There were so many good things to read in these week’s historical April 15, 1873 Women’s Exponent. I had a hard time deciding what to write on! So instead of trying to narrow it down I’m sharing some of my favorite ‘snippets of wisdom.’
The “influence of a smile”
“There is nothing which makes the human face so attractive as a bright smile. It breaks over the countenance like the sun-light through the rain clouds after a shower and it enlivens all upon whom it rests.”
This reminded me of a journal entry Meg shared from a pioneer woman. Martha Cragen Cox recorded in her journal:
Our attitudes, and conversely our countenances, have a great affect on those around us. Do our husband and children see us being cheerful as we go about our work? Or do they more often than not see us grumbling, complaining, and wearing a scowl?
Which leads to the next snippet:
“WOMAN was created for a helpmate for man, and while it is his duty to provide for and protect her, it is no less her duty to assist him in all the minor affairs of life. Her province is home; there she should reign supreme, her busy steps never flagging, her watchful eye never wearying; the welfare of her children, the happiness of her husband, her constant care.
She should strive to make her home the most delightful place on earth to him, that when the toils of the day are ended and he seeks it for repose, he may find in it his cares lightened and his sorrows soothed; that he may go forth again to the contest with renewed vigor and with cheerfulness and encouragement in his heart.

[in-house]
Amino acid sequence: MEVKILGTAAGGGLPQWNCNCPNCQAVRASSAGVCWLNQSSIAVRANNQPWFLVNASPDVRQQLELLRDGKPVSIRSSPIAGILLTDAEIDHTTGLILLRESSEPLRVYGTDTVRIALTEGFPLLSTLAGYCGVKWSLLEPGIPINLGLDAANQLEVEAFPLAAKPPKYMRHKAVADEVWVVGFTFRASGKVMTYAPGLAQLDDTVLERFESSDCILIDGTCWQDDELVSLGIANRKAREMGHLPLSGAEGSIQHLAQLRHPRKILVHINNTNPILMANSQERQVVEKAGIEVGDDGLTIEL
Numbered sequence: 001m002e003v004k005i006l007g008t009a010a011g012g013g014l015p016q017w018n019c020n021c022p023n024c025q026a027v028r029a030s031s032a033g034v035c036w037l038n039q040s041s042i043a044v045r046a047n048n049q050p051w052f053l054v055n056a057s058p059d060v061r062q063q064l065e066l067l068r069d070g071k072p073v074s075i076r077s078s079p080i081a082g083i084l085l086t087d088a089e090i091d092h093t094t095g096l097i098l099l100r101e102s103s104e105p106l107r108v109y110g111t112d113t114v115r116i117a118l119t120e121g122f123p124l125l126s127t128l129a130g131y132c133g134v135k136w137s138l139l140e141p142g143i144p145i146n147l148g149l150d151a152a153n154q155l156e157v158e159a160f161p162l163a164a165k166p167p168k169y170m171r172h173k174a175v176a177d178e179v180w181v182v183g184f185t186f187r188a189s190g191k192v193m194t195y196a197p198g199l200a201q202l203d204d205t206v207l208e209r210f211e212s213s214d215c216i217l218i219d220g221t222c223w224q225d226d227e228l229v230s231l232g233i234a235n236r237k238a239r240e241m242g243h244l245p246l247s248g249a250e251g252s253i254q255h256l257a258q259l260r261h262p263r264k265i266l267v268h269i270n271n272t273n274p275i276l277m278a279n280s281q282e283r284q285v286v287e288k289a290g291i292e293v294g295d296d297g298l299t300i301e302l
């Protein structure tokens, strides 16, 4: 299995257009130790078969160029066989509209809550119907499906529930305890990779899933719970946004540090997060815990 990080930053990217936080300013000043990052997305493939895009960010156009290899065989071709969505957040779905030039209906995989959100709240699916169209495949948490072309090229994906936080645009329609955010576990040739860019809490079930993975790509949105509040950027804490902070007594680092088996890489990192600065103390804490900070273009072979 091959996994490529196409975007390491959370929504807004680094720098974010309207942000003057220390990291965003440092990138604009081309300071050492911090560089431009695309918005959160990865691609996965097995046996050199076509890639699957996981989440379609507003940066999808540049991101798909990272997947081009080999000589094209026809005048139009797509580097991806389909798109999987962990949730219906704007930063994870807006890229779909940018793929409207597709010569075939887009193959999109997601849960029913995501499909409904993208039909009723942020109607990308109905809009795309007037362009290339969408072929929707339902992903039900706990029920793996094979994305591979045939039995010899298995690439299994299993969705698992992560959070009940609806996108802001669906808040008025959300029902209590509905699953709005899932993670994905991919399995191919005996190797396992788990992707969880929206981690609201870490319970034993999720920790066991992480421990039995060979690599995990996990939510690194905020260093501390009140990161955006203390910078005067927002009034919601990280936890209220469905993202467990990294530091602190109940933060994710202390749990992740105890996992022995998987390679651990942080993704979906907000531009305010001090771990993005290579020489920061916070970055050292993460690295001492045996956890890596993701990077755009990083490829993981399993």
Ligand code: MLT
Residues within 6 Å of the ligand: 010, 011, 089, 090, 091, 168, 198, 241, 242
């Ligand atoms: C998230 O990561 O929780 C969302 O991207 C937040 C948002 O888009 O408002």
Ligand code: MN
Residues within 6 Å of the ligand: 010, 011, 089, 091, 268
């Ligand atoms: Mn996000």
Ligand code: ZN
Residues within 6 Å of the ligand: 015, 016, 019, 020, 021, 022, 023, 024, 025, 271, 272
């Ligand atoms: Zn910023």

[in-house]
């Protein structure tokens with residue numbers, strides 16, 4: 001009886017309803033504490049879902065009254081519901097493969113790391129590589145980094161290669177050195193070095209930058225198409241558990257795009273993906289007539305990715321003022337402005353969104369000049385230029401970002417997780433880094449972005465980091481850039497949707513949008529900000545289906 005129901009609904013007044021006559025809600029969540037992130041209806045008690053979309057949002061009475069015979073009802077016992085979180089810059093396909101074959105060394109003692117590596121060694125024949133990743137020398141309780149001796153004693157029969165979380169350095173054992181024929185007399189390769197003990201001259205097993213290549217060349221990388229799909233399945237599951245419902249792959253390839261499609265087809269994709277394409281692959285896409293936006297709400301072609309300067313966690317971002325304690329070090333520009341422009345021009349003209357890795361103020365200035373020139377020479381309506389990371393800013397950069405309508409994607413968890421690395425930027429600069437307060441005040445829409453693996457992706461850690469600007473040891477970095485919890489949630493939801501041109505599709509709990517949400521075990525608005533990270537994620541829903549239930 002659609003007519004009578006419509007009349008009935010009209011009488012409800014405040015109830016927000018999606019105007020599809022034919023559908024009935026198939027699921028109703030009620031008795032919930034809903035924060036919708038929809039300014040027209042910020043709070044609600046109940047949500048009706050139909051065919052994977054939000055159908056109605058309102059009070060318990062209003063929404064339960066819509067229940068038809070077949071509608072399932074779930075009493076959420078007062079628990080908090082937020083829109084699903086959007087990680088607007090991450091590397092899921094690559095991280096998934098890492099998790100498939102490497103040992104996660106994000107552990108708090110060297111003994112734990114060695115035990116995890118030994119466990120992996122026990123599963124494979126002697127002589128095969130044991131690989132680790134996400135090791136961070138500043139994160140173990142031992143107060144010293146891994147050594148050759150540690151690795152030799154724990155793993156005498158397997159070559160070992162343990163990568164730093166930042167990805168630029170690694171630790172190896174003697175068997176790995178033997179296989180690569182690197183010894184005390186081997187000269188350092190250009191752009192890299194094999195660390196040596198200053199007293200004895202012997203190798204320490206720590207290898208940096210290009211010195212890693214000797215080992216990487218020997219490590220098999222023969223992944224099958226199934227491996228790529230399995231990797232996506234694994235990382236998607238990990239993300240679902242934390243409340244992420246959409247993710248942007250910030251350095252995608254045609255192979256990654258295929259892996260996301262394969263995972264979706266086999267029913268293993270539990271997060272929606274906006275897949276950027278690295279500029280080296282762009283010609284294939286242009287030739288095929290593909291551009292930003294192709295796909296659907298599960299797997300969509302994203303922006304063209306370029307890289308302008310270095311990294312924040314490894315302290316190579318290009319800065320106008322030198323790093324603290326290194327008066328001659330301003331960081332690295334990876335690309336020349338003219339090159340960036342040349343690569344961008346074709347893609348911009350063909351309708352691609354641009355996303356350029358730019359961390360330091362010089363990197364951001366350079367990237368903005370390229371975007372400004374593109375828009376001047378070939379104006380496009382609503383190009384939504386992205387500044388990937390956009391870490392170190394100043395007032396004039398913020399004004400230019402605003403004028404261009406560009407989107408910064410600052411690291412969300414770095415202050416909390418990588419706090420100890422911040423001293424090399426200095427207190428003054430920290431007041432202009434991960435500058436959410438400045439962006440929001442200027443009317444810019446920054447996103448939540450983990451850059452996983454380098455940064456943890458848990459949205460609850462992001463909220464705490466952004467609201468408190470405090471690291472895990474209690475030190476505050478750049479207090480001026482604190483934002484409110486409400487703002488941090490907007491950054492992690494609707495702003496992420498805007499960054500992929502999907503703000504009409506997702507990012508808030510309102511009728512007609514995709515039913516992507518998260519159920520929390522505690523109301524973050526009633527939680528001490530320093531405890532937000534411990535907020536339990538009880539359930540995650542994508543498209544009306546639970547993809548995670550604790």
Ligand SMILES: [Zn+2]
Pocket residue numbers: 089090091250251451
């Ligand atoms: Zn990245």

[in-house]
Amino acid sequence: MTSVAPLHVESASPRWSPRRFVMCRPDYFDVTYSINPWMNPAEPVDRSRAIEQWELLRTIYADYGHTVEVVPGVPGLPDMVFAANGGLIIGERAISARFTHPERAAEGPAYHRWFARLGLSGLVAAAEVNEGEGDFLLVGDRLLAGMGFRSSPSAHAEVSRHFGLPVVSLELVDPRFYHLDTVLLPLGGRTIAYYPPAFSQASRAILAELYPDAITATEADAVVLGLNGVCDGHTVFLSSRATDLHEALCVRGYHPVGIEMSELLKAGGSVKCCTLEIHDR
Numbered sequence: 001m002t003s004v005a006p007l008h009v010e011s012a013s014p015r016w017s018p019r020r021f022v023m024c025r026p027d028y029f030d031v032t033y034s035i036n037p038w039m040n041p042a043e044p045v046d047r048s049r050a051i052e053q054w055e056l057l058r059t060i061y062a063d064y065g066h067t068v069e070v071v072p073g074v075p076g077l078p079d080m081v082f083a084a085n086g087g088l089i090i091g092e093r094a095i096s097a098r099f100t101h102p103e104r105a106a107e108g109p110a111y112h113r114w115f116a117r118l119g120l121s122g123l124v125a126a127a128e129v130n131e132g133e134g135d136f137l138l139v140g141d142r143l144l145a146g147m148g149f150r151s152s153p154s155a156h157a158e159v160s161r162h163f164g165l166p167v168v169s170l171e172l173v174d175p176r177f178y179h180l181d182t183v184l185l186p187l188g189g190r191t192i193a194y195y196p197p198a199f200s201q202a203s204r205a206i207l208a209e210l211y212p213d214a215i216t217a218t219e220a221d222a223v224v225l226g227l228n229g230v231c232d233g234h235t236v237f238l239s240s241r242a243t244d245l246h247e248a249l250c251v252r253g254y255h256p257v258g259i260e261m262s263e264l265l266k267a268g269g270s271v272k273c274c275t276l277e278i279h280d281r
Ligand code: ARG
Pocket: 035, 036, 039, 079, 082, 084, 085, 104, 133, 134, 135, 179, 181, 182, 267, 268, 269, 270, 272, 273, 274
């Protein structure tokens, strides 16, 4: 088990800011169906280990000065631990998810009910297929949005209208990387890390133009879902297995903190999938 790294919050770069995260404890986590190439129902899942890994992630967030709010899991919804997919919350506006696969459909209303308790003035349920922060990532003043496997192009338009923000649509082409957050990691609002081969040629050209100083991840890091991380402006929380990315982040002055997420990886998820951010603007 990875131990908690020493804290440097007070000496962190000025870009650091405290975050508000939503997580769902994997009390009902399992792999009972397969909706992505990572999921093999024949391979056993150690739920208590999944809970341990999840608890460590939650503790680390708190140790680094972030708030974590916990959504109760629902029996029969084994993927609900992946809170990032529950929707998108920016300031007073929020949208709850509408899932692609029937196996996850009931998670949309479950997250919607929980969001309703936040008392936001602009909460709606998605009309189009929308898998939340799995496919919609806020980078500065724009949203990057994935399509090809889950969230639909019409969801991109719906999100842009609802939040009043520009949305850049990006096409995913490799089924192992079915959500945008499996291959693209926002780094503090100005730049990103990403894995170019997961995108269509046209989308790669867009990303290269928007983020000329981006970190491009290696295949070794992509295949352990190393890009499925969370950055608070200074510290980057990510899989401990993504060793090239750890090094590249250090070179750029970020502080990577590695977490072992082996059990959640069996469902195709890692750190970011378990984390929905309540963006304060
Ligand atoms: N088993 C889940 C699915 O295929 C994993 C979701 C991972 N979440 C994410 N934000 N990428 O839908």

Domestic duties and even, as is often the case, household drudgery, must necessarily fall to her lot, and though she does not shrink from the performance of these, there are those of a different kind which have no less claim upon her. God has given her a mind, has bestowed upon her intellect, and it is her duty to cultivate it – it is a religious duty, for it was given her for a noble purpose that she might be her husband’s pride, a fit instructress of her children, an ornament in her home. She should not suffer the common details of everyday life to render her manners coarse or sour her temper, but always strive to be mild, refined and polite.”
The quote goes on for a few more paragraphs and rightly tells how a kind encouraging word and assistance from her husband can lift a woman and make her feel appreciated. I know my outlook on even hard days can be changed to one of joy when my husband offers words of appreciation and love for my efforts. When both husband and wife offer encouragement to each other they find their individual tasks a joy to perform rather than a burden to be endured.
One of my greatest joys is teaching my children.
“To none is given greater responsibilities than those resting on mothers in training their children in the fear of the Lord. We are all aware that when we receive these precious darlings from the hands of their Maker, they are perfectly innocent and pure. . .We should not fail to instruct them in the principles of faith, that as the Savior, when He was upon the earth, loved little children and took them in His arms and blessed them. He still loves them and loves to listen to their prayers.”
Is there nothing sweeter than hearing your children pray? I love to hear their humble thanks of gratitude for little things – the bug they saw, the protection they received, the peas they didn’t have to finish from their plate. I also gain much insight from their pleas of help – to try to be more kind, to find a lost item, to bless others who are in need.
Join us for Society Sunday! Write your thoughts on this week’s excerpt from the April 15th, 1873 Women’s Exponent or post a story about a Relief Society experience you’ve had or a history of a Relief Society sister you know.